When a patient sues for medical malpractice, the aim is to secure some sort of compensation for the injuries, expenses and emotional loss they incurred due to negligence. Some settlements seem paltry in light of the losses. Elsewhere they seem extravagant (though it remains difficult to truly quantify emotional loss, and thereby would be hard to describe a settlement as ‘extravagant’ or ‘overzealous.’)
Monetary awards only go so far when functioning as consolation; some losses can simply never be compensated – but the court does try. One type of malpractice regularly yielding enormous settlements is negligence that gave rise to birth injuries. A common thread in such cases is a child suffering brain damage that leads to cerebral palsy. Given its regularity, from a legal and medical standpoint, the situation is worth examining.
To offer some background on damages: economic damages cover quantifiable losses, like concrete medical expenses and loss of earnings. Non-economic damages compensate associated losses that are more subjective or abstract in nature. Examples are pain, suffering, loss of companionship and injuries that are permanent in nature, like blindness and paralysis. Some states – namely Vermont, Arizona, Illinois, Alabama, Iowa, Minnesota, Washington, Wyoming, New York, New Hampshire, Maine, Pennsylvania, Rhode Island, Connecticut, New Jersey, Kentucky, Missouri, and Arkansas – impose no limits on the noneconomic damages an injured plaintiff can recover in a medical malpractice case. Despite having no caps, these states often award rather conservative settlements, with Vermont exemplifying this phenomenon.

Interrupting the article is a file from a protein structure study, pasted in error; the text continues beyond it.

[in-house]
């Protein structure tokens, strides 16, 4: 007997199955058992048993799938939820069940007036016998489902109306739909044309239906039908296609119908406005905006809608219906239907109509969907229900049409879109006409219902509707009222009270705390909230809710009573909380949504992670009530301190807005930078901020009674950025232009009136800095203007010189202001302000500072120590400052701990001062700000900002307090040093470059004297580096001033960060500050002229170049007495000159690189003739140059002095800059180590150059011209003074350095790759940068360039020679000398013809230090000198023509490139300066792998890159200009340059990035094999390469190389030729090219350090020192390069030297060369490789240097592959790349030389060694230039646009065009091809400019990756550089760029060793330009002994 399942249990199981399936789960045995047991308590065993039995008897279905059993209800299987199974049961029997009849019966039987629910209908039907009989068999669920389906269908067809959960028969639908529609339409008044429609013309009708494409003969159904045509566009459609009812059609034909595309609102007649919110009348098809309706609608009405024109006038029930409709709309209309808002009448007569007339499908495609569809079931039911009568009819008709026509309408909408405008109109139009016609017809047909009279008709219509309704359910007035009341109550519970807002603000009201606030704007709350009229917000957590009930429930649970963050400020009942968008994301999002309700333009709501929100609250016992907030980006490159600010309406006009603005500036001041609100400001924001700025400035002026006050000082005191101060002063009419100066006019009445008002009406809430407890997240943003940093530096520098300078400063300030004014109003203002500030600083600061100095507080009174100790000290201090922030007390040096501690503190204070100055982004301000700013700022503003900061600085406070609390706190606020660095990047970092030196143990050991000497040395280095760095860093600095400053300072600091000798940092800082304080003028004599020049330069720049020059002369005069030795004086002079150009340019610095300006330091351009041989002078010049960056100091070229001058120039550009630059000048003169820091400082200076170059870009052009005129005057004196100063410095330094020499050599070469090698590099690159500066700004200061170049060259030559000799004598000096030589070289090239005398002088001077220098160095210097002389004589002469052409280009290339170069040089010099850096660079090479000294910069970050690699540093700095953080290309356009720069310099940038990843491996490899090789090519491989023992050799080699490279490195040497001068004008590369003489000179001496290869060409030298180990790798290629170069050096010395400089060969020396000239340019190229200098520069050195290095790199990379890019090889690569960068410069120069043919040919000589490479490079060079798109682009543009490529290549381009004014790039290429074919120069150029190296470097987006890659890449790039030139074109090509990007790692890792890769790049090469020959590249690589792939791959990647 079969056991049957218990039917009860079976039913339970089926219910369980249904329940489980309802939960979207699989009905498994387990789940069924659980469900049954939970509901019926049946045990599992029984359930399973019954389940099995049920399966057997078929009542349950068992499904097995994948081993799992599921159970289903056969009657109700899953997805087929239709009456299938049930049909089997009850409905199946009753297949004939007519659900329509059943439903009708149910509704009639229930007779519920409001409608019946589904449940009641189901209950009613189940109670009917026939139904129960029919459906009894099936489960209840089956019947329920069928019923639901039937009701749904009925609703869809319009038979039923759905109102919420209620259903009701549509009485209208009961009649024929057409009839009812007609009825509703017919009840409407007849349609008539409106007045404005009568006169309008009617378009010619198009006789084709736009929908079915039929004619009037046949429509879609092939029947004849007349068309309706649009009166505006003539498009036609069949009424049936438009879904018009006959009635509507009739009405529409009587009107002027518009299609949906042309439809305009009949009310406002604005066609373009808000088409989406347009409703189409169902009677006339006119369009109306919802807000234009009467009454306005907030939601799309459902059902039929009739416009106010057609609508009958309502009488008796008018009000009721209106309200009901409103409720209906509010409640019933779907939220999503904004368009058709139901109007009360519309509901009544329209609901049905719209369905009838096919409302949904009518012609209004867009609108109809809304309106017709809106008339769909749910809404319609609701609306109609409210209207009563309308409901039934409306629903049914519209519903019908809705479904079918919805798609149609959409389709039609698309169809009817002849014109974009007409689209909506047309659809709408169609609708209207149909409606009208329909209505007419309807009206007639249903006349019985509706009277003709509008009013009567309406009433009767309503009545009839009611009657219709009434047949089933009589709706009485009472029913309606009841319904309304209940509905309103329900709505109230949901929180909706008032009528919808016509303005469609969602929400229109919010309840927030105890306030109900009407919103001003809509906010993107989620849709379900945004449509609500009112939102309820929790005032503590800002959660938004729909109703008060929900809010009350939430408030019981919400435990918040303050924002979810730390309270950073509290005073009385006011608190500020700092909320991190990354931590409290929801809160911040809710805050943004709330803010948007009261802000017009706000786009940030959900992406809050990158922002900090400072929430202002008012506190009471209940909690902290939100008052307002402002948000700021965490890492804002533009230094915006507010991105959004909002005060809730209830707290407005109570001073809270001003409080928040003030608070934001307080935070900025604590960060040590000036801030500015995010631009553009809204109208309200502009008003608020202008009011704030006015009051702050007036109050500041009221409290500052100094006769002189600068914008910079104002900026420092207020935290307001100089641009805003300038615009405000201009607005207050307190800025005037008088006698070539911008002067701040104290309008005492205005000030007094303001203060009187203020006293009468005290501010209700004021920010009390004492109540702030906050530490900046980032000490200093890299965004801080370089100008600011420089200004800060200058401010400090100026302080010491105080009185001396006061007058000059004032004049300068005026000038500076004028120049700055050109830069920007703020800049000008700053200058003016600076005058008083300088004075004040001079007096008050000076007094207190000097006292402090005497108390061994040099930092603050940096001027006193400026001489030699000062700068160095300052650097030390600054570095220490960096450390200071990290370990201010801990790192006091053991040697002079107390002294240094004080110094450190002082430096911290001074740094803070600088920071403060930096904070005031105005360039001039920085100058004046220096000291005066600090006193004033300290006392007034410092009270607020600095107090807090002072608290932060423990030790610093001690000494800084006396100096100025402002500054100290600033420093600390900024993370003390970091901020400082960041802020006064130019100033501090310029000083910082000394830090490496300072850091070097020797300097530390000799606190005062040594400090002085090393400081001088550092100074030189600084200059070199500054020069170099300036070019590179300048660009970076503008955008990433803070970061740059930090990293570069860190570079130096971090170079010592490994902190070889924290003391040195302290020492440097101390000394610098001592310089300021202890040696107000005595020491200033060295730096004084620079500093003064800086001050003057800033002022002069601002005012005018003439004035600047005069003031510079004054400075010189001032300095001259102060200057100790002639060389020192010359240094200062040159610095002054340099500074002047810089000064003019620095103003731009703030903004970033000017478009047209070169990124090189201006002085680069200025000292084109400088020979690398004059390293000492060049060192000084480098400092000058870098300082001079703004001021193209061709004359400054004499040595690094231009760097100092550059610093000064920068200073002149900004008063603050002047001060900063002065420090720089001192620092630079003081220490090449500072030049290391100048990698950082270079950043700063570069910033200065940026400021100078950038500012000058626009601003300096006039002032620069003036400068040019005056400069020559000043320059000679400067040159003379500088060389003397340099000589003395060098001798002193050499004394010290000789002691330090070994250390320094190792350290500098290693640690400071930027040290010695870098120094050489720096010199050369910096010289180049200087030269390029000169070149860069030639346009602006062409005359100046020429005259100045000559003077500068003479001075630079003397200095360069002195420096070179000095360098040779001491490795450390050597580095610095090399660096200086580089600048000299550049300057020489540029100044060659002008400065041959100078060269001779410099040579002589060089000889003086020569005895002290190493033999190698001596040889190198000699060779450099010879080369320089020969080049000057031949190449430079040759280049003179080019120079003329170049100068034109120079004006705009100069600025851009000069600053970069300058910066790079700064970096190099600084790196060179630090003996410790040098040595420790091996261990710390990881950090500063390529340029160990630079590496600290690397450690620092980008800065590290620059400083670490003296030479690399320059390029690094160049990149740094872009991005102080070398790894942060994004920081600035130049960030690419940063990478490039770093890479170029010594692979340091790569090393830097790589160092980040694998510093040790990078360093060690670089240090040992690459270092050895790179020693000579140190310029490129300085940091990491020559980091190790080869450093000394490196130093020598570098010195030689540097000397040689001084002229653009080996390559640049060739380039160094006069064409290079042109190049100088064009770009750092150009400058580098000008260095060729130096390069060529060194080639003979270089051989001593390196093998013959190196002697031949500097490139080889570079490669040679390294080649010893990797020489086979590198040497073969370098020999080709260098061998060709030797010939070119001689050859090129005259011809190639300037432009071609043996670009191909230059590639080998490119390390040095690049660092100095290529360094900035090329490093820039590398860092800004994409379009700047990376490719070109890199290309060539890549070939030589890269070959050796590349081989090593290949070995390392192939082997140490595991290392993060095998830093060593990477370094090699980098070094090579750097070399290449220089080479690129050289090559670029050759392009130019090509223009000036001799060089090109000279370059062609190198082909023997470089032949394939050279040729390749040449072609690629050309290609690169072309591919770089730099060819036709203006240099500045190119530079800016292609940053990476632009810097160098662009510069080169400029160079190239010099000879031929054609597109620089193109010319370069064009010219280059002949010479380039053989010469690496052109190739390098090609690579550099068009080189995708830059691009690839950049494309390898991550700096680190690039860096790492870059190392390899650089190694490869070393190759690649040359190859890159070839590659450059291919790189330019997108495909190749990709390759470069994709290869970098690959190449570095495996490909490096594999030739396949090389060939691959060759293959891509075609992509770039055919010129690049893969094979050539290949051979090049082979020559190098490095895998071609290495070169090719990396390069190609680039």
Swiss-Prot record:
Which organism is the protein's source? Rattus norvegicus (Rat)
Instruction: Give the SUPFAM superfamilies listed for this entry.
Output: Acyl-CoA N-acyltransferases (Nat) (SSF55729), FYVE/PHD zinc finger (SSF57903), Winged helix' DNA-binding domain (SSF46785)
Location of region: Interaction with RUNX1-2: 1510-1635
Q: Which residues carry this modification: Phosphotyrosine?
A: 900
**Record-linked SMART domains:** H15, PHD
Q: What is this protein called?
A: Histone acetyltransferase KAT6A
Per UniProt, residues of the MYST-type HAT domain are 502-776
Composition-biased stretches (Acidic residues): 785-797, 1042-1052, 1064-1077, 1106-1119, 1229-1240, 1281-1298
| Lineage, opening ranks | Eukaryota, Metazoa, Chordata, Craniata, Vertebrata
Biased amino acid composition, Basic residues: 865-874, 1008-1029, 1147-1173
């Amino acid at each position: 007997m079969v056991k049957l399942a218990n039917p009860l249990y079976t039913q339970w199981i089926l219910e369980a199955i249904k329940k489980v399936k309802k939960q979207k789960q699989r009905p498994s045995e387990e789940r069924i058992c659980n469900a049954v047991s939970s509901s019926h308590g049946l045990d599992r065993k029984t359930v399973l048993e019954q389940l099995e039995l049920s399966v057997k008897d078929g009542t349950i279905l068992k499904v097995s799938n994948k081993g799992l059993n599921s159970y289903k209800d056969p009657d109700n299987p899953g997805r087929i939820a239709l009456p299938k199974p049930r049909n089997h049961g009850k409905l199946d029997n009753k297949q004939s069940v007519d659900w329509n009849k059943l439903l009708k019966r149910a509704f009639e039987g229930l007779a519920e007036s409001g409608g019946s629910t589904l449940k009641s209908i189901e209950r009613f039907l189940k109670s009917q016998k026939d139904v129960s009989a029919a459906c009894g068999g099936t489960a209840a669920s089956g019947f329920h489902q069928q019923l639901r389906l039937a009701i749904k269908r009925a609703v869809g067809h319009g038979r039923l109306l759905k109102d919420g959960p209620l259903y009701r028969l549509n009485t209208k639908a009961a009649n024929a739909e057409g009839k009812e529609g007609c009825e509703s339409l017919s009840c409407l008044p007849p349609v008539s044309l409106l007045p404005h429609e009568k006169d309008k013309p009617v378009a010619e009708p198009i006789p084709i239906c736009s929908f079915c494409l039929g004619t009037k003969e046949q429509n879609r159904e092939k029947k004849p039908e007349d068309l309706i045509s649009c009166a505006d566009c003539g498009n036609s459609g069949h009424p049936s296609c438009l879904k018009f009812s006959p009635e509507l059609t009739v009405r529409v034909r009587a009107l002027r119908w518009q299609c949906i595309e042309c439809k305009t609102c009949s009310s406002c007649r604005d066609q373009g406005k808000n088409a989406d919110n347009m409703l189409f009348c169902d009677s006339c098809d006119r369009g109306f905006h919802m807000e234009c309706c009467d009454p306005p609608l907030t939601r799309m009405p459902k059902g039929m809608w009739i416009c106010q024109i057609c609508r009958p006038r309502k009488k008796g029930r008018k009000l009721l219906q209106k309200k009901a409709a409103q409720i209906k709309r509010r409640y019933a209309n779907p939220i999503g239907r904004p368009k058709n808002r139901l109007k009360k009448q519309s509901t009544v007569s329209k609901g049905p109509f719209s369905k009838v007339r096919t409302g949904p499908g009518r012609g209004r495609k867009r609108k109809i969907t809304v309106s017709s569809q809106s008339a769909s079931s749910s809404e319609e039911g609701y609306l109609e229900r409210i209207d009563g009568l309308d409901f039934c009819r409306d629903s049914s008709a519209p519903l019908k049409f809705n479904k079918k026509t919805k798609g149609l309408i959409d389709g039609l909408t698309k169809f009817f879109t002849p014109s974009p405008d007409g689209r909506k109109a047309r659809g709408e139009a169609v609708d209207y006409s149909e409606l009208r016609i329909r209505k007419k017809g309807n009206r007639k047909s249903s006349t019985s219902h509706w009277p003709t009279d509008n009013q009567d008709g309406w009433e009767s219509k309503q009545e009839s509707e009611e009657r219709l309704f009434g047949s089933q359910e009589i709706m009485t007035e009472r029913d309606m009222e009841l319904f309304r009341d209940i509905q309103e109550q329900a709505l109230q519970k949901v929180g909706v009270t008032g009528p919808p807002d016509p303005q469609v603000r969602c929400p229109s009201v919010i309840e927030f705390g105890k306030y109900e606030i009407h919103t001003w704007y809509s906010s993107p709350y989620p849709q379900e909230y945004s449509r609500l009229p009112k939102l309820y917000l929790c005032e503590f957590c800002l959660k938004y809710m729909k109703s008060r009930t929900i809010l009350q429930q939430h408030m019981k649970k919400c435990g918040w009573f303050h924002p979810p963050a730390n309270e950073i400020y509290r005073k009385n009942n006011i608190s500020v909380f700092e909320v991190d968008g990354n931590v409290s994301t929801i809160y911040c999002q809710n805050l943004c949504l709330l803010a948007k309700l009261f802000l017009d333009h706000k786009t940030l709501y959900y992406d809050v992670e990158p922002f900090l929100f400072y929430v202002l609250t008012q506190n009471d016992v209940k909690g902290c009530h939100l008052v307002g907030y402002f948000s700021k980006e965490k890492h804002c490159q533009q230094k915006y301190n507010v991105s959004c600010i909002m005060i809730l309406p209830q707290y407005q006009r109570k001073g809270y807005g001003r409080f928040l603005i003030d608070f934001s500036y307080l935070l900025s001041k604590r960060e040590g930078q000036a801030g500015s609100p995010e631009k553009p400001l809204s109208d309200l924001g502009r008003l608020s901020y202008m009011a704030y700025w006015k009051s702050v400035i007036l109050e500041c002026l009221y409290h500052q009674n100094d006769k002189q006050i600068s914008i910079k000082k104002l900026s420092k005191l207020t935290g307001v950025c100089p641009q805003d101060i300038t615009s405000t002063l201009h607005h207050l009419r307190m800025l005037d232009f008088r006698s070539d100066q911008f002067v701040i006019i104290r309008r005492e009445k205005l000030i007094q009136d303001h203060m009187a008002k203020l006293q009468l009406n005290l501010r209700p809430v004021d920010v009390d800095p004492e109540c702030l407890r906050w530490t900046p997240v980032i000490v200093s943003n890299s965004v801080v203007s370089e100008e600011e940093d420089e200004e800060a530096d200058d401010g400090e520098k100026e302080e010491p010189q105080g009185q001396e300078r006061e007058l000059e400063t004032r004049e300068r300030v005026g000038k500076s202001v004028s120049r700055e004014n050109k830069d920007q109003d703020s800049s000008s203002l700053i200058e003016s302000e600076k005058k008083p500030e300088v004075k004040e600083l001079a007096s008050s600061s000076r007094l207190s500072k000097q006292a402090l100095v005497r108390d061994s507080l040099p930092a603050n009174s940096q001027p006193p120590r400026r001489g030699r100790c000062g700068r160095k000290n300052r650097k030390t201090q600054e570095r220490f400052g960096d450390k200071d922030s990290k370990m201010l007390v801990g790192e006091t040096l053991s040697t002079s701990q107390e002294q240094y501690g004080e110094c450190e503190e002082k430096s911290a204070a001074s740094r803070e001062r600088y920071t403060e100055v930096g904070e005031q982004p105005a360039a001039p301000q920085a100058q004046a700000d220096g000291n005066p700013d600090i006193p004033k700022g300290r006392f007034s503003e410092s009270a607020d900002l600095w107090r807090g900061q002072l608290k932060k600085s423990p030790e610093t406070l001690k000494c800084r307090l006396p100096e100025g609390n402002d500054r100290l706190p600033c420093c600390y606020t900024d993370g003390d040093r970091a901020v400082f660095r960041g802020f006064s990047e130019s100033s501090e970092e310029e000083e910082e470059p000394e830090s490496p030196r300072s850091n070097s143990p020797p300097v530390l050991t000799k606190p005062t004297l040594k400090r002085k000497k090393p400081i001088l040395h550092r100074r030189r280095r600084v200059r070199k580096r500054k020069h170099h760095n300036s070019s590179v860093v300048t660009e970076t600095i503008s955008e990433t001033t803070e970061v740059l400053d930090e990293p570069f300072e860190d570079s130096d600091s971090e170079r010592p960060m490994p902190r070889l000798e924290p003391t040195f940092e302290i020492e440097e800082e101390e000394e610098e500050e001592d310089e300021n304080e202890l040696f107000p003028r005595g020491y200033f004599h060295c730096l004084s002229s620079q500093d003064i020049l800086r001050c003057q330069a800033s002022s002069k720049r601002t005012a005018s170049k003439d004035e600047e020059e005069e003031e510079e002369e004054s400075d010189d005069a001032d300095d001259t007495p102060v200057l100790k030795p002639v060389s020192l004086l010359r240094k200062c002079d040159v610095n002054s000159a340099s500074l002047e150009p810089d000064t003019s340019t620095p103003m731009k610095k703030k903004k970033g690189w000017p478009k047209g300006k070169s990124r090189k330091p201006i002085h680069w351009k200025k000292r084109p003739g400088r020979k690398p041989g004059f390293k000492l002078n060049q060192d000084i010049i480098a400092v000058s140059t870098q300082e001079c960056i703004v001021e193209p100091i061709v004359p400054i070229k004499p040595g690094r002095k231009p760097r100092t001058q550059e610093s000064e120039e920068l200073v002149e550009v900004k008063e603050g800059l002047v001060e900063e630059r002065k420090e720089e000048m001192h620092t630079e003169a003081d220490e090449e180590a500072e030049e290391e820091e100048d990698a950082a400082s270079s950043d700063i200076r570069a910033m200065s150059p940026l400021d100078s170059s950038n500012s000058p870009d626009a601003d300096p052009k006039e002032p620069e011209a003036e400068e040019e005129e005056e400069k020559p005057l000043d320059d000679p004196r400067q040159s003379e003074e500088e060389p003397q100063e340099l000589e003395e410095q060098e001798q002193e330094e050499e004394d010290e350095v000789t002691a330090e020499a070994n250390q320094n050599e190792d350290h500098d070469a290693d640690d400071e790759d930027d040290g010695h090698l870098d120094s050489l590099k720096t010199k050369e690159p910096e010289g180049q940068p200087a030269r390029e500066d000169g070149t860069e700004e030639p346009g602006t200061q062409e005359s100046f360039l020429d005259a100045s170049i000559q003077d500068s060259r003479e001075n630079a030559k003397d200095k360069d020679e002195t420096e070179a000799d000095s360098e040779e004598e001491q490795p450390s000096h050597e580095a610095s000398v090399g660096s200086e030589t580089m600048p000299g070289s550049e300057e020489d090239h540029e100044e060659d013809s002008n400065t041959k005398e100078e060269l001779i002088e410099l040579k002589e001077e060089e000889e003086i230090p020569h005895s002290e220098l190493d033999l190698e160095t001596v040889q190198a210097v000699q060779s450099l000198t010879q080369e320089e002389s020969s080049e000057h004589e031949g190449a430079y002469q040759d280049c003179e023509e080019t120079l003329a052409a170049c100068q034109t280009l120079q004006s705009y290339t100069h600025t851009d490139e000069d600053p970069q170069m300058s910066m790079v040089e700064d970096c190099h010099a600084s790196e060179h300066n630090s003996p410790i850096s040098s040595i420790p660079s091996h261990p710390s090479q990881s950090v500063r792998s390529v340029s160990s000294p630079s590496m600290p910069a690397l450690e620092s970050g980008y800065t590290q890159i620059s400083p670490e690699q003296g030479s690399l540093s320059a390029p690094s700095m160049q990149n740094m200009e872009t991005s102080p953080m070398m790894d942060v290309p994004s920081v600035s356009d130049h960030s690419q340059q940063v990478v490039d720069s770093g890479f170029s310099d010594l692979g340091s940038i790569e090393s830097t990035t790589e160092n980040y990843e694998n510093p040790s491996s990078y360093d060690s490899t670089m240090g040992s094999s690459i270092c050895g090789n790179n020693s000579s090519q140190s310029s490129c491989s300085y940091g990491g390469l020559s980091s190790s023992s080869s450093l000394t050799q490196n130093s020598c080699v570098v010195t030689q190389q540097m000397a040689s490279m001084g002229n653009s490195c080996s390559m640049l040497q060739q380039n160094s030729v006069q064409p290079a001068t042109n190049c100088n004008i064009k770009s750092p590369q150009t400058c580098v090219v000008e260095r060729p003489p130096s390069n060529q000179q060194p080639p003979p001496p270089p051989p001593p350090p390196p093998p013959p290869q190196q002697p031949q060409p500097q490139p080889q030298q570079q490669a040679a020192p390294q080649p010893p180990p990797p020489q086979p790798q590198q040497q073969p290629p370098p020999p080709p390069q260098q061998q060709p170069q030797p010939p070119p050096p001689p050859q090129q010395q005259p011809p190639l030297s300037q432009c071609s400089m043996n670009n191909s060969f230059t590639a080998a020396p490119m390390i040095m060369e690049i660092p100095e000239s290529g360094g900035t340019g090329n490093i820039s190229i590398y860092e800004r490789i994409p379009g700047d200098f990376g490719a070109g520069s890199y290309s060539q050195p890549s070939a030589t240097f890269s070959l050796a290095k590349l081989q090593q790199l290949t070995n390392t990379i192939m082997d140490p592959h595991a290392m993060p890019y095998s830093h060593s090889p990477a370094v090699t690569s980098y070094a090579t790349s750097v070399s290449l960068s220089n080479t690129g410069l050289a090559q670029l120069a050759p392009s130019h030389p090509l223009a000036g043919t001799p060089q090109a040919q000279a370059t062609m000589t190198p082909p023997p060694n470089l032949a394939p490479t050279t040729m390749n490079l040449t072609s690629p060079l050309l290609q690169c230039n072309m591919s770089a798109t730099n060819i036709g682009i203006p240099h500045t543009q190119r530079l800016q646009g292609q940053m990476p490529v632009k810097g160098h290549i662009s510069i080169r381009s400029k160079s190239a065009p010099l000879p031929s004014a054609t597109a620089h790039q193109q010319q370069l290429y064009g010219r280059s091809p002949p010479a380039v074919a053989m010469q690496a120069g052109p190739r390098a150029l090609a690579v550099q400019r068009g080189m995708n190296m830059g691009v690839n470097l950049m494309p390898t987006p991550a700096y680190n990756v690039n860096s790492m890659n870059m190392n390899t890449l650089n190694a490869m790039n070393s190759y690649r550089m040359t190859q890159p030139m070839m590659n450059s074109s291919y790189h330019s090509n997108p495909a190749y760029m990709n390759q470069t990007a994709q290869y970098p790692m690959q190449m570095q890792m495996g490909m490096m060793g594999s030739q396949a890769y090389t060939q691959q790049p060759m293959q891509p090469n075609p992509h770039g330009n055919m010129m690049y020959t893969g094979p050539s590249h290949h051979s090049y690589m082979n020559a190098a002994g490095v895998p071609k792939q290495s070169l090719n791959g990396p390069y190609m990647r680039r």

A court will seek to rightfully, reasonably compensate wronged parties. Concurrently, most courts do not wish to financially place injured plaintiffs in the ranks of lottery winners. Medical malpractice is victimizing – the court does not want to promote an image that it is also absurdly financially rewarding. The very concept of ‘damage caps’ operates in that assumption. However, where newborn life is concerned, courts seem to have demonstrated unparalleled sympathy. Examiners might characterize such cases as “aggressively compensated.”
The trend of huge birth injury payouts is observable in the aforementioned states for which no limit is imposed. A 2013 article in Physician’s Money Digest cited the top ten highest malpractice settlements of all time. 5 out of the 10 were birth injury cases – all 5 were cases of brain injury leading to cerebral palsy. Birth injury causing cerebral palsy has spawned multi-million dollar settlements for years, and are seemingly unique for their consistency in doing so. Recently, plaintiffs were awarded a $53 million settlement in a cerebral palsy case. $19 million settlement was recently awarded to parents in cerebral palsy case. A different Pennsylvania cerebral palsy case saw a $14.5 million payout. An Omaha judge awarded a couple $11 million for their newborn child’s cerebral palsy. This is but a handful even with a ‘recent’ timeframe imposed.
Attorneys Charles Gilman and Briggs Bedigian understand the physical and emotional distress of incorrect or incomplete medical treatment and will do everything they can to successfully litigate your case. Call their office today at (800) 529-6162 or contact them online.